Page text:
Winter where are you? Have you been hiding? Did I sleep in one day and miss it?

Oh, you went visiting other cities and regions. Heard that you surprised a few people. Really — was it necessary to give a place an entire winter ration of snow in one storm?

Yes, I’ll stop the critique and enjoy mild weather for walks, roads without ice, and sunshine through my window.

I’m not alone. The children play basketball, visit the swings, and glide on skateboards where a year ago they slid down icy slopes and tossed snowballs.

And in my humble garden the daffofils poke up into mild sun, drink in warmth and create green among the brown mulch. Their friends, flowering tree buds, begin to swell. Spring song starts early this year.

Please — don’t find your frosty fingers at this awkward time.

Peeking out

Words in Triplicate

Trios. Triplets. Series of three.

Pleasant to the ear. Just enough to rouse our interest.

Look at the date. Are you a spouse? Child? Parent? Sweetheart?

Do you know the three words that other person is waiting to hear? The ones Hallmark wants to help with? The letters and symbols sprinkled on party paper?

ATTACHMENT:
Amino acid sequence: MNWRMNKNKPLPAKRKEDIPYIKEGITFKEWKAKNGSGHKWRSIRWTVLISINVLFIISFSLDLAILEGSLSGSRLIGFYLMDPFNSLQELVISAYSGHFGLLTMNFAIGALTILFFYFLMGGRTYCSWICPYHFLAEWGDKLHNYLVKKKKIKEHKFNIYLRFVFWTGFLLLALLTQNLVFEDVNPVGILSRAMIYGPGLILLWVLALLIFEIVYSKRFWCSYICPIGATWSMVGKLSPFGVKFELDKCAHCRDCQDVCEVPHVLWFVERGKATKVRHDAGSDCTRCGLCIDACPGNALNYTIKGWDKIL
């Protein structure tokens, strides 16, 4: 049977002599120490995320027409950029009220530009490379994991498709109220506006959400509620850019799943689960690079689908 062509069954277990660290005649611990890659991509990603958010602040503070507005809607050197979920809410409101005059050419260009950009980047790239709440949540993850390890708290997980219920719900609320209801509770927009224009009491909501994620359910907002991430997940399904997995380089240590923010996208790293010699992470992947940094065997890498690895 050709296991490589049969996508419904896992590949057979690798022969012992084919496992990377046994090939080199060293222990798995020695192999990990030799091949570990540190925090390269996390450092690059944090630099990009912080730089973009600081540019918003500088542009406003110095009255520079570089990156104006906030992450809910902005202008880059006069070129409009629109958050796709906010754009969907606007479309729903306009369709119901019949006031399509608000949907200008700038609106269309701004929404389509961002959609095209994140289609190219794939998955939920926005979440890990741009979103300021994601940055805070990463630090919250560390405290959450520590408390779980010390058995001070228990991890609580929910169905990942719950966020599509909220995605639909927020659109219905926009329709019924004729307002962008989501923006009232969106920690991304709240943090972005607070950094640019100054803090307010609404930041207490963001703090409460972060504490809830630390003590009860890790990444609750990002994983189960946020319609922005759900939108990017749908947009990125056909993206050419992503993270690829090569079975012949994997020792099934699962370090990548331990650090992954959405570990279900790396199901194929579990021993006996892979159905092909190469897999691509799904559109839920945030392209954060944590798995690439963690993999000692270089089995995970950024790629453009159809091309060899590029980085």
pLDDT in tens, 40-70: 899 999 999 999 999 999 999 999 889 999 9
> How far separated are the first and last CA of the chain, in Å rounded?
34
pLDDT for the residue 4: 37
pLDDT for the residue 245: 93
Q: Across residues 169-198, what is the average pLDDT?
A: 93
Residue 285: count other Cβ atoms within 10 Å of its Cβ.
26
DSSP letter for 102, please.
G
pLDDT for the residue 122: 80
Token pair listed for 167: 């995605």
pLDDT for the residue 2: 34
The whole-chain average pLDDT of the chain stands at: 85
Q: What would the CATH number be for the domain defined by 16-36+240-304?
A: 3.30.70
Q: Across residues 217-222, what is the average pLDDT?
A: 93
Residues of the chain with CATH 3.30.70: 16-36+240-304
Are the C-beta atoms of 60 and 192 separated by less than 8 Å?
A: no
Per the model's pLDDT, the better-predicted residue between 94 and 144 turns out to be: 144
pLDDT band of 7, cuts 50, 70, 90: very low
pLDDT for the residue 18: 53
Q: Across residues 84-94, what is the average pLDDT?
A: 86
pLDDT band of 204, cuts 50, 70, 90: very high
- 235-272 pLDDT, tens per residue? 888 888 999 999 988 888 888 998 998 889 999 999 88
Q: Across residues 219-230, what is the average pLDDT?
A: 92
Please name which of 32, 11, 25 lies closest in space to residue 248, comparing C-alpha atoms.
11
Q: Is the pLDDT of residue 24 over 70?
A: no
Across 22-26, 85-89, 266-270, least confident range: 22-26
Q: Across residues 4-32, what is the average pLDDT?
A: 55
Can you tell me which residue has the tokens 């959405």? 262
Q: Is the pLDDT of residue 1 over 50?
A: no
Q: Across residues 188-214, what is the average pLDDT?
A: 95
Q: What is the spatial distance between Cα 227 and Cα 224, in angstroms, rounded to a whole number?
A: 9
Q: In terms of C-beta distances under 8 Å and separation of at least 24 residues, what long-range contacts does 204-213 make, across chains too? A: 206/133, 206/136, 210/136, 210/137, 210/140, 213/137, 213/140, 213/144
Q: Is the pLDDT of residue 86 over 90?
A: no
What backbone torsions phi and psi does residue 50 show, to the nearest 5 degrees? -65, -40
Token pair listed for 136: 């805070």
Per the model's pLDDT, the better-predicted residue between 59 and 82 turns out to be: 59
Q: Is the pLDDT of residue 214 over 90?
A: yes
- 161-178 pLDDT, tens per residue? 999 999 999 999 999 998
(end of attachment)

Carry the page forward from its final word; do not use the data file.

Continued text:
Florists, chocolatiers, and jewelers (another trio) plan to be busy today.

Today can be seen as a bright dot in a dreary season. School children party, exchange cards, and eat heart-shaped treats. Young adults look for a partner. Spouses wait for the other to say it first.

Allow me.

God loves you.  God loves you.    God loves you.



Up and Over

The garbage truck comes to the condominium today.

Sometimes I meet him on my morning walk.  Like a green beast tugging at the reins the truck enters our private street. Sometimes I cross to the other side of the drive to watch from a secure spot.

One man operates it all. He stops the truck, dismounts, rolls the dumpster into position on the pavement. Then he lowers the tines, advances until they are within the metal sleeves, and moves another lever.

Up, up, over the windshield and top of the cab the dumpster is lifted.